Santam announced on morning Monday that it would now settle valid claims for all commercial policies with contingent business interruption (CBI) extensions, in addition to those covered by its hospitality and leisure division that it agreed to settle earlier in January, that had been specifically affected by court judgments.
This means that claims of the total base of Santam’s 4000 commercial clients with CBI policy extensions, that cover contagious and infectious diseases, will be paid out. The earlier decision for hospitality and leisure clients affected 1300 clients. Large corporate policies in Santam’s specialist business will be handled on an individual basis due to their bespoke and complex nature.
Court ordered Santam to pay business interruption claims
In November, a full bench of the Western Cape High Court found in favour of Ma-Afrika Hotels and Stellenbosch Kitchen against Santam after the insurance giant rejected their business interruption claims, although its policies included cover for infectious or notifiable diseases.
The court ordered Santam to pay the full business interruption losses, including the impact of the government’s response to Covid-19 over the entire policy period of 18 months, without limitations, as well as Ma-Afrika’s legal costs.
Ma-Afrika Hotels and Stellenbosch Kitchen approached the court for two declaratory orders:
- to hold Santam liable to cover them for losses caused by a notifiable disease in the form of Covid-19 occurring within a radius of 40km of the insured premises
- to order that the period covered is 18 months.
Santam rejected the claims because it said a notifiable disease did not occur within a 40km radius of the business premises and that the losses were due to the lockdown and/or general concern or fear of the public. The insurance giant also said that the policies covered insured loss and not economic hardship as a consequence of the Covid-19 pandemic.
However, the court concluded that Covid-19 and government’s response to it were inseparably part of the same insured peril. In the court’s view, the losses Ma-Afrika hotels and Stellenbosch Kitchen suffered were exactly what they had insured themselves against and had to be put in the position that they would have been in had the insured peril not occurred.
In Monday’s statement, Santam said following further engagements with stakeholders, it had concluded that the core of the judgments in these cases could be applied in principle to all policies with CBI extensions.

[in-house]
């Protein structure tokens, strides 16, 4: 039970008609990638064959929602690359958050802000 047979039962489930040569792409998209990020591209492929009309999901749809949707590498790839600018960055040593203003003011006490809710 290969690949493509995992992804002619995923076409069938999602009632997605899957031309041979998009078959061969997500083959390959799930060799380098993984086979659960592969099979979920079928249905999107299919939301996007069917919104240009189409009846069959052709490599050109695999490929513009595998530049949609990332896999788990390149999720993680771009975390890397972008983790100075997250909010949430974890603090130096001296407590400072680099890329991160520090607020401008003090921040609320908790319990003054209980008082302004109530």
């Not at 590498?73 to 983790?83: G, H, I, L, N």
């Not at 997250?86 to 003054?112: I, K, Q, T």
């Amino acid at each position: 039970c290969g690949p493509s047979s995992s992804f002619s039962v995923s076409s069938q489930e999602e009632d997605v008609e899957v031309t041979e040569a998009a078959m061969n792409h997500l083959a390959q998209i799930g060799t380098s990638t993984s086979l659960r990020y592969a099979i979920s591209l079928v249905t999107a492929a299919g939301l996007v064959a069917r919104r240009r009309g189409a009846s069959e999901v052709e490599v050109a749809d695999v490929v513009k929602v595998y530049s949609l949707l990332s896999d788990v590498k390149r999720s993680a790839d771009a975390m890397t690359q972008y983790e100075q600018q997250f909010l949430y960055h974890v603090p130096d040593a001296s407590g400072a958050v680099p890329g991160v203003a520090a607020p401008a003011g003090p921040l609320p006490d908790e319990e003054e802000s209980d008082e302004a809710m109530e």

According to Santam, the assessment process for CBI claims required businesses to provide financial statements and other necessary documentation to support their claims. The insurer urged its clients to work closely with their intermediaries to ensure that the requirements for processing claims were met.
Santam said it had made good progress with policies in the hospitality and leisure division to allocate assessors to claims and that it was well geared to process the volume of CBI claims by arranging for additional resources with the relevant expertise.
“We are pleased to have reached a point where we have a level of legal certainty that enables us to proceed with the assessment and settlement of all valid CBI claims as quickly as possible,” Lizé Lambrechts, Santam Group chief executive officer, said.
Santam had been acutely conscious throughout the process of establishing legal certainty that clients were under exceptional pressure because of the impact of Covid-19 and the associated measures taken by the Government to deal with the pandemic. Therefore, Santam paid interim relief of R1-billion to small and medium-sized enterprises (SMEs) impacted by the lockdown, she explained.
“While the process of establishing legal certainty may have felt lengthy, it was completed as expeditiously as possible in the interests of clarity for clients, insurers and reinsurers. The unprecedented circumstances of the pandemic made it critical to go through this process to conclusively address the uncertainties we all faced.
“We are therefore pleased that the core issue of establishing what is covered in the policies has been dealt with sufficiently by courts in South Africa, the UK and elsewhere for us to move ahead with the claims assessment and settlement process,” she said.
According to Lambrechts, the indemnity period was relevant only to the hospitality and leisure division and represents a minority of the total CBI policies at Santam. The company is appealing the judgment of the Western Cape High Court regarding the indemnity period.